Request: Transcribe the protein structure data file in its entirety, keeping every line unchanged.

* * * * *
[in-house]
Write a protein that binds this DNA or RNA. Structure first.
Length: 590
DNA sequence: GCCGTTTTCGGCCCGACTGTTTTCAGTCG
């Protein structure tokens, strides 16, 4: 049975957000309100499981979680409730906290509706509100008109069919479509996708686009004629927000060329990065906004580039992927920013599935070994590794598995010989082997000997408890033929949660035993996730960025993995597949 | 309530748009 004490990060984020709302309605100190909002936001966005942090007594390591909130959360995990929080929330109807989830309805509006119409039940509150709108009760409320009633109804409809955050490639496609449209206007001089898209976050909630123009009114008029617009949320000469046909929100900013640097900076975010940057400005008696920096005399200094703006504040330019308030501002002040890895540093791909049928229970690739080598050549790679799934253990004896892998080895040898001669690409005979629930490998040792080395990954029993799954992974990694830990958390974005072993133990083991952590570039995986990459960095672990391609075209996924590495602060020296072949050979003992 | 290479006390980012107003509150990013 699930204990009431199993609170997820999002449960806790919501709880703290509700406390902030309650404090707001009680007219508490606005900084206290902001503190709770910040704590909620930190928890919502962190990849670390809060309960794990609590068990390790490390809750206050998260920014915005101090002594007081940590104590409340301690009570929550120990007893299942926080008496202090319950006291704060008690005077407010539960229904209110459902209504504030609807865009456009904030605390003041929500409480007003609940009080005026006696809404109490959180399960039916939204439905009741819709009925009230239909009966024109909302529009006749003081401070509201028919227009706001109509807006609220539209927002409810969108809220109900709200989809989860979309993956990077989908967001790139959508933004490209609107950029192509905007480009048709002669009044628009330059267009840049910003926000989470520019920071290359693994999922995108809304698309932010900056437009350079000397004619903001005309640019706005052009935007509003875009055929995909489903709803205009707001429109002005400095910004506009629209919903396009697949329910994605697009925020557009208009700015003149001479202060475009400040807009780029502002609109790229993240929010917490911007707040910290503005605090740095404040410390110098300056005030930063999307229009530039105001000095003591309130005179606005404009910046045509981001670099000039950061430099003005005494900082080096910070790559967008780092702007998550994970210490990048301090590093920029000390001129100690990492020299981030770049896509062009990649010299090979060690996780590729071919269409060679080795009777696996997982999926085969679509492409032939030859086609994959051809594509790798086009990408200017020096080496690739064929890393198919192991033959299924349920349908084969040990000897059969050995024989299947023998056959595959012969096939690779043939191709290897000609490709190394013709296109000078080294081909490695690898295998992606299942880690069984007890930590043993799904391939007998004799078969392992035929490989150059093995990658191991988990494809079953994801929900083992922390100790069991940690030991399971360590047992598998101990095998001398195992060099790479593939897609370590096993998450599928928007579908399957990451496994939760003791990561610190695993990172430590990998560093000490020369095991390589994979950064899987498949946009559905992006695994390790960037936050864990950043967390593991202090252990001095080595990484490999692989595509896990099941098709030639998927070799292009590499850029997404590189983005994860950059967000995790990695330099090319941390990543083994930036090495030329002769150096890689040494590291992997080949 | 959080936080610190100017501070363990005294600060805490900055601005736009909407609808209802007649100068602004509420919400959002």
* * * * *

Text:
[in-house]
Write a protein that binds this DNA or RNA. Structure first.
Length: 590
DNA sequence: GCCGTTTTCGGCCCGACTGTTTTCAGTCG
């Protein structure tokens, strides 16, 4: 049975957000309100499981979680409730906290509706509100008109069919479509996708686009004629927000060329990065906004580039992927920013599935070994590794598995010989082997000997408890033929949660035993996730960025993995597949 | 309530748009 004490990060984020709302309605100190909002936001966005942090007594390591909130959360995990929080929330109807989830309805509006119409039940509150709108009760409320009633109804409809955050490639496609449209206007001089898209976050909630123009009114008029617009949320000469046909929100900013640097900076975010940057400005008696920096005399200094703006504040330019308030501002002040890895540093791909049928229970690739080598050549790679799934253990004896892998080895040898001669690409005979629930490998040792080395990954029993799954992974990694830990958390974005072993133990083991952590570039995986990459960095672990391609075209996924590495602060020296072949050979003992 | 290479006390980012107003509150990013 699930204990009431199993609170997820999002449960806790919501709880703290509700406390902030309650404090707001009680007219508490606005900084206290902001503190709770910040704590909620930190928890919502962190990849670390809060309960794990609590068990390790490390809750206050998260920014915005101090002594007081940590104590409340301690009570929550120990007893299942926080008496202090319950006291704060008690005077407010539960229904209110459902209504504030609807865009456009904030605390003041929500409480007003609940009080005026006696809404109490959180399960039916939204439905009741819709009925009230239909009966024109909302529009006749003081401070509201028919227009706001109509807006609220539209927002409810969108809220109900709200989809989860979309993956990077989908967001790139959508933004490209609107950029192509905007480009048709002669009044628009330059267009840049910003926000989470520019920071290359693994999922995108809304698309932010900056437009350079000397004619903001005309640019706005052009935007509003875009055929995909489903709803205009707001429109002005400095910004506009629209919903396009697949329910994605697009925020557009208009700015003149001479202060475009400040807009780029502002609109790229993240929010917490911007707040910290503005605090740095404040410390110098300056005030930063999307229009530039105001000095003591309130005179606005404009910046045509981001670099000039950061430099003005005494900082080096910070790559967008780092702007998550994970210490990048301090590093920029000390001129100690990492020299981030770049896509062009990649010299090979060690996780590729071919269409060679080795009777696996997982999926085969679509492409032939030859086609994959051809594509790798086009990408200017020096080496690739064929890393198919192991033959299924349920349908084969040990000897059969050995024989299947023998056959595959012969096939690779043939191709290897000609490709190394013709296109000078080294081909490695690898295998992606299942880690069984007890930590043993799904391939007998004799078969392992035929490989150059093995990658191991988990494809079953994801929900083992922390100790069991940690030991399971360590047992598998101990095998001398195992060099790479593939897609370590096993998450599928928007579908399957990451496994939760003791990561610190695993990172430590990998560093000490020369095991390589994979950064899987498949946009559905992006695994390790960037936050864990950043967390593991202090252990001095080595990484490999692989595509896990099941098709030639998927070799292009590499850029997404590189983005994860950059967000995790990695330099090319941390990543083994930036090495030329002769150096890689040494590291992997080949 | 959080936080610190100017501070363990005294600060805490900055601005736009909407609808209802007649100068602004509420919400959002």